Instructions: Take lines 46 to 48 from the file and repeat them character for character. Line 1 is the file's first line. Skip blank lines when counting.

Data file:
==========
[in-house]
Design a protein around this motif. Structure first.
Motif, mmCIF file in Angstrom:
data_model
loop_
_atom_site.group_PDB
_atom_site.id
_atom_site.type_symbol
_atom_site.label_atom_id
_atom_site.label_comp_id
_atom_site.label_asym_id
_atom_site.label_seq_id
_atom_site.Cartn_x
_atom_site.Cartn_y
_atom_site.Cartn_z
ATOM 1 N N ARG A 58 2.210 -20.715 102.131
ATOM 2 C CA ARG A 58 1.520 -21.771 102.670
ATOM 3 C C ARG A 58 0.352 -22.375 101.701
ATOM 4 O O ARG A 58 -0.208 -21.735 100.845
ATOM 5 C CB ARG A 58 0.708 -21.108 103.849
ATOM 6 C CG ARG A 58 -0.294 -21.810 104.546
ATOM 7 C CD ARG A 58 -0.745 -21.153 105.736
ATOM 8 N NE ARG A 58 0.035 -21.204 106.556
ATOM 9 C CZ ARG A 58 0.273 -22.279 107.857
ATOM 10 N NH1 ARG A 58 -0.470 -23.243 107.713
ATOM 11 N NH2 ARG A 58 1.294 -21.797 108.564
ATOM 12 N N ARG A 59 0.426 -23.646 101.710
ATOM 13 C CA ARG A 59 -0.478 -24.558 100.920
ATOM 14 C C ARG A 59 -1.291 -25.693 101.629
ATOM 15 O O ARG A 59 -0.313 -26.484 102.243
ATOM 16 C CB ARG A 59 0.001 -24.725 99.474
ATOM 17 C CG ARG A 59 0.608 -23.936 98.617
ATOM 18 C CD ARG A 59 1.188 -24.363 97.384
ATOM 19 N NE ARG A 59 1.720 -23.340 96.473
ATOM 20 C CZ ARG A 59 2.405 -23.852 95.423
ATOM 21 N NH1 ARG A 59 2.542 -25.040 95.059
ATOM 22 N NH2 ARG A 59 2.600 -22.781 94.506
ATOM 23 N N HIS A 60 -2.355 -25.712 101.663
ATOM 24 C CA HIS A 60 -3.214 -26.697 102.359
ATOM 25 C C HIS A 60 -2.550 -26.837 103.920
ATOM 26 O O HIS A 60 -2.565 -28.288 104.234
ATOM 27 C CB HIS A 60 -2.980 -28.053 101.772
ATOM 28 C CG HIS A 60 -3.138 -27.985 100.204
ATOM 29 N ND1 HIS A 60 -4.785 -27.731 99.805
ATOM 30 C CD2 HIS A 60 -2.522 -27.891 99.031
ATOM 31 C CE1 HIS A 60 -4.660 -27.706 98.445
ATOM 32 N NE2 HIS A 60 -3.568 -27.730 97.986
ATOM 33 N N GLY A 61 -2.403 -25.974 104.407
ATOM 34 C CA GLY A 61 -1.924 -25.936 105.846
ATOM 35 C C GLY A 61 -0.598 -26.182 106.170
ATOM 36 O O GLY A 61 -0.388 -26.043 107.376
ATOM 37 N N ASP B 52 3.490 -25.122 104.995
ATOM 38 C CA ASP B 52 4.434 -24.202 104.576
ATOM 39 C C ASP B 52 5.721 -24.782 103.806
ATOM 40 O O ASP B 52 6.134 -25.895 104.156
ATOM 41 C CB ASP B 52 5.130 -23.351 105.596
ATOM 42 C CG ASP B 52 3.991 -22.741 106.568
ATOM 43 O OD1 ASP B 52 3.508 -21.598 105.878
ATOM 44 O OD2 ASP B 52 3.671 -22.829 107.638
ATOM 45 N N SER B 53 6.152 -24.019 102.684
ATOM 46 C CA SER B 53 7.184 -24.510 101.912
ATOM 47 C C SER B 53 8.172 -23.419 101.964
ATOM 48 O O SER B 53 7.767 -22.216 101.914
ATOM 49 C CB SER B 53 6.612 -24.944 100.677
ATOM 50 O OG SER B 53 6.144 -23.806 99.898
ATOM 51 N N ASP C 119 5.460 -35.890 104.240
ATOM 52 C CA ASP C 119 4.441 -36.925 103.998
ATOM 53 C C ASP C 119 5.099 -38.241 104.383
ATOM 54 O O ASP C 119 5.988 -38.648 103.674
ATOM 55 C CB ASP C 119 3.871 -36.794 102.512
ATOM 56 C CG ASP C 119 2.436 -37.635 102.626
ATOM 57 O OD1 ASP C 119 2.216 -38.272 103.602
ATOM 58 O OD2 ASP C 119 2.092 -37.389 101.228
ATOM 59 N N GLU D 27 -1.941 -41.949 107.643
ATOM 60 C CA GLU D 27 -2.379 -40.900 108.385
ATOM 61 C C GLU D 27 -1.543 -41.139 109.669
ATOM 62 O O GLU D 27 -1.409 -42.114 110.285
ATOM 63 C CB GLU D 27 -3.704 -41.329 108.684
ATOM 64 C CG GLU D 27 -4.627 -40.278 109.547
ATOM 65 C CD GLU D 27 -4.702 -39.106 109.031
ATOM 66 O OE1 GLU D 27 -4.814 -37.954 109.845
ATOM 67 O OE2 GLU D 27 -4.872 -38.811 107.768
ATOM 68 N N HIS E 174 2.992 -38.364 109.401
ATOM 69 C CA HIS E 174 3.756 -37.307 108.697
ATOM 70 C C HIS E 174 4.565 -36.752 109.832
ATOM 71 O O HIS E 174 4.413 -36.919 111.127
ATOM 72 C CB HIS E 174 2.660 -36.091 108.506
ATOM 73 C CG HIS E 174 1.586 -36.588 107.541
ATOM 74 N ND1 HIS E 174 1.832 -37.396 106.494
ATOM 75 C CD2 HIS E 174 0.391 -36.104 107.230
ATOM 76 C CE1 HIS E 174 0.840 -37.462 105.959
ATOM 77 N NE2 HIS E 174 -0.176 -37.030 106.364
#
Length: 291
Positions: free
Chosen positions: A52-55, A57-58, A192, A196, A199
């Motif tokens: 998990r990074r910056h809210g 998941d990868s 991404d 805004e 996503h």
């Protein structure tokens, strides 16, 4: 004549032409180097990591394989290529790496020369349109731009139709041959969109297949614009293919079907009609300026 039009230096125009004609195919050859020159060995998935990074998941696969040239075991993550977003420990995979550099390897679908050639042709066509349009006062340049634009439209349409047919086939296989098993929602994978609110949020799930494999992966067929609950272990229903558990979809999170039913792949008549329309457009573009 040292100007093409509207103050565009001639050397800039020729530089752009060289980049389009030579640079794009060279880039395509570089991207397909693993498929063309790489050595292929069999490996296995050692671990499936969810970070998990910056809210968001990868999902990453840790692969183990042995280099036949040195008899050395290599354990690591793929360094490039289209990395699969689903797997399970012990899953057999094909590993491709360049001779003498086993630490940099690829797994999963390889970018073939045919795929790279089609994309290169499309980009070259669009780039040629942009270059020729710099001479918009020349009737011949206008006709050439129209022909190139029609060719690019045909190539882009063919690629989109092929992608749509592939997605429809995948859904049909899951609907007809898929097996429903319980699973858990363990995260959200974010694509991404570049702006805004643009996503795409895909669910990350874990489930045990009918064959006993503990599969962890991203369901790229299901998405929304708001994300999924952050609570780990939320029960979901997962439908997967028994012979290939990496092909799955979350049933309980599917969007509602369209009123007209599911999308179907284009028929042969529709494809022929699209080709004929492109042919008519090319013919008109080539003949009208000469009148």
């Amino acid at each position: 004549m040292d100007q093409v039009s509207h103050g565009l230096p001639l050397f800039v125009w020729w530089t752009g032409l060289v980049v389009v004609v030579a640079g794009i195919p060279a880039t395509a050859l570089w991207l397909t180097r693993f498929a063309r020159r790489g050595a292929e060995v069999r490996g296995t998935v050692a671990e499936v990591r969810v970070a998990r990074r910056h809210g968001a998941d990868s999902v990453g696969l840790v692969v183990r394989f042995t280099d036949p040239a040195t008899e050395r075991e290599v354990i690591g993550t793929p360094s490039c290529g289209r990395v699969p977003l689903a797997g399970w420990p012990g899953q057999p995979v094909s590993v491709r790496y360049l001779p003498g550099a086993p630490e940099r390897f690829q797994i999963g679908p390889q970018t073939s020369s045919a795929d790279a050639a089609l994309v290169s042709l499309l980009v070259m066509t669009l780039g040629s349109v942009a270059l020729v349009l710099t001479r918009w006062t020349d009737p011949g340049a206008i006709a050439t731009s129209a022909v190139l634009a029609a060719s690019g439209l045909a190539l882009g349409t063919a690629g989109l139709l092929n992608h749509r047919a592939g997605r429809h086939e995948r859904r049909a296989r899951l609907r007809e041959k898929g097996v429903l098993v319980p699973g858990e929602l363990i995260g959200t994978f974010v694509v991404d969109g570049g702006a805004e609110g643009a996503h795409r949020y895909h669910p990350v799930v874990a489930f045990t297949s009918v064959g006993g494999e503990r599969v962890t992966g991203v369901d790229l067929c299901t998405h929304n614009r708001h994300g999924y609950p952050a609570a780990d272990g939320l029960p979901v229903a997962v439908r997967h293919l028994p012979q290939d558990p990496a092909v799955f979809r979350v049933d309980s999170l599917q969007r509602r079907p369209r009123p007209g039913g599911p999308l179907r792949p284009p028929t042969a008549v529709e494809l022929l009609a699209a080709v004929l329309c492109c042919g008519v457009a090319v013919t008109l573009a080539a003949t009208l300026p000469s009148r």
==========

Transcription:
ATOM 31 C CE1 HIS A 60 -4.660 -27.706 98.445
ATOM 32 N NE2 HIS A 60 -3.568 -27.730 97.986
ATOM 33 N N GLY A 61 -2.403 -25.974 104.407